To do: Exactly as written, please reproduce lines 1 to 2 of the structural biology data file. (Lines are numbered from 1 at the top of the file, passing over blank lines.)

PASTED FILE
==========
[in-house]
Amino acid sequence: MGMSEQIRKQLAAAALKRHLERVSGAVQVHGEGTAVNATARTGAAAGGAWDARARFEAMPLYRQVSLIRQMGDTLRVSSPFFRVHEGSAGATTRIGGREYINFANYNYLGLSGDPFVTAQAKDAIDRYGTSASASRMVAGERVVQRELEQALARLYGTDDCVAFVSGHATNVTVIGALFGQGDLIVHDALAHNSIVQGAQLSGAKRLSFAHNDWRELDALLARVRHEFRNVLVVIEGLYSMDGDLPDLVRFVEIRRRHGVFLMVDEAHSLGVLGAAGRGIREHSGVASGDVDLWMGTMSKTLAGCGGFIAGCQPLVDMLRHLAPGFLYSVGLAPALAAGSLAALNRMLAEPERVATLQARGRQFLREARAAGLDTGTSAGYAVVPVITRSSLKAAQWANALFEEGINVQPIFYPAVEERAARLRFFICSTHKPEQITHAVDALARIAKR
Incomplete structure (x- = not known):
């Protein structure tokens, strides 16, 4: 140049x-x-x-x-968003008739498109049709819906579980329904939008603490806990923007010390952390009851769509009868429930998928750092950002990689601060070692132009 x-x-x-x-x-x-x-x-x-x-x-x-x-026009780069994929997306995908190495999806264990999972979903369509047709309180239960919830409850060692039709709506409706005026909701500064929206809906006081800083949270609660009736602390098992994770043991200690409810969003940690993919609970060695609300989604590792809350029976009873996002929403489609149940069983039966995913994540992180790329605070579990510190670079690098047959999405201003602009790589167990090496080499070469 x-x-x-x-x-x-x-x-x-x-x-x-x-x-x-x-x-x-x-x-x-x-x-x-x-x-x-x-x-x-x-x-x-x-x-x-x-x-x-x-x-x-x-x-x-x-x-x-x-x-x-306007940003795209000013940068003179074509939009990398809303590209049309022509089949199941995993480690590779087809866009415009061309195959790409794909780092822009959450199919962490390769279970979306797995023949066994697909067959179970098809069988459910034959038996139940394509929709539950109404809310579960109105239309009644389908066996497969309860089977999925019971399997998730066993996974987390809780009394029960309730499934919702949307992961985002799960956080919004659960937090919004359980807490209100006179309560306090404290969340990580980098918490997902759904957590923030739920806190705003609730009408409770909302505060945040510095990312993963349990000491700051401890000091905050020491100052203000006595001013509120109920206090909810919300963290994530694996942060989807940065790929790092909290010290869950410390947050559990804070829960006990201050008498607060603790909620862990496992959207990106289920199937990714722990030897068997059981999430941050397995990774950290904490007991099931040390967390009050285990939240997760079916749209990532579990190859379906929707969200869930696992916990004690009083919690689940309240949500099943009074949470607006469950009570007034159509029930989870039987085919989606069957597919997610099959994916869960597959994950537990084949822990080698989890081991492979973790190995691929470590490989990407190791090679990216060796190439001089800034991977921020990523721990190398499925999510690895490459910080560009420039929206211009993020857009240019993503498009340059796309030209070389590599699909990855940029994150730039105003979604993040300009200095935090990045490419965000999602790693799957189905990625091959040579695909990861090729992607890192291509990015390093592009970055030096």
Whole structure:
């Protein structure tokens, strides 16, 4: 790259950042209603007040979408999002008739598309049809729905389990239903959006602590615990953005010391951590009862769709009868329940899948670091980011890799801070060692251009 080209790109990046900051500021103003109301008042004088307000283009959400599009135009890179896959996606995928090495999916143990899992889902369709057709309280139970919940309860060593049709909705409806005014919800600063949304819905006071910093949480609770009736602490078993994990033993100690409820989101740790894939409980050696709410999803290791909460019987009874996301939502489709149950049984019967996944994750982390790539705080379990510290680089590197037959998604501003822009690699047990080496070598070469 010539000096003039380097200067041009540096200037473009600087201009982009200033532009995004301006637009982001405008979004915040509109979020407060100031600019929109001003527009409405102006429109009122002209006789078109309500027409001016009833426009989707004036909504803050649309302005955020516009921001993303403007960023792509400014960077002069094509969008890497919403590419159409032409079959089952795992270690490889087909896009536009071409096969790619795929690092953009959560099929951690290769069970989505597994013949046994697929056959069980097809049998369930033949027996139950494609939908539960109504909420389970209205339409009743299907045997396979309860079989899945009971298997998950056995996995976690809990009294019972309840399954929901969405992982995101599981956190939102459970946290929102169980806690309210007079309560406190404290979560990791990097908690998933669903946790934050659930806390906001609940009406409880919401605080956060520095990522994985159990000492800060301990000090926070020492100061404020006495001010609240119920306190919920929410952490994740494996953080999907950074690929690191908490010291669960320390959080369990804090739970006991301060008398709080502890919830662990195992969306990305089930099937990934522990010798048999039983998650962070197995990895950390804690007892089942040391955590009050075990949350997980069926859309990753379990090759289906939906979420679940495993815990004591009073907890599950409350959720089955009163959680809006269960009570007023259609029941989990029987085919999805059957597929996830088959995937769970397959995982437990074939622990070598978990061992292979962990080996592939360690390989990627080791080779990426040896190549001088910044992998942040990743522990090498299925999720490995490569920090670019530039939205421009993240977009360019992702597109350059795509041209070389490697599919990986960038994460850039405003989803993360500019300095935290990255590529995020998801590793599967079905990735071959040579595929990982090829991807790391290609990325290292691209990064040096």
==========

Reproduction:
[in-house]
Amino acid sequence: MGMSEQIRKQLAAAALKRHLERVSGAVQVHGEGTAVNATARTGAAAGGAWDARARFEAMPLYRQVSLIRQMGDTLRVSSPFFRVHEGSAGATTRIGGREYINFANYNYLGLSGDPFVTAQAKDAIDRYGTSASASRMVAGERVVQRELEQALARLYGTDDCVAFVSGHATNVTVIGALFGQGDLIVHDALAHNSIVQGAQLSGAKRLSFAHNDWRELDALLARVRHEFRNVLVVIEGLYSMDGDLPDLVRFVEIRRRHGVFLMVDEAHSLGVLGAAGRGIREHSGVASGDVDLWMGTMSKTLAGCGGFIAGCQPLVDMLRHLAPGFLYSVGLAPALAAGSLAALNRMLAEPERVATLQARGRQFLREARAAGLDTGTSAGYAVVPVITRSSLKAAQWANALFEEGINVQPIFYPAVEERAARLRFFICSTHKPEQITHAVDALARIAKR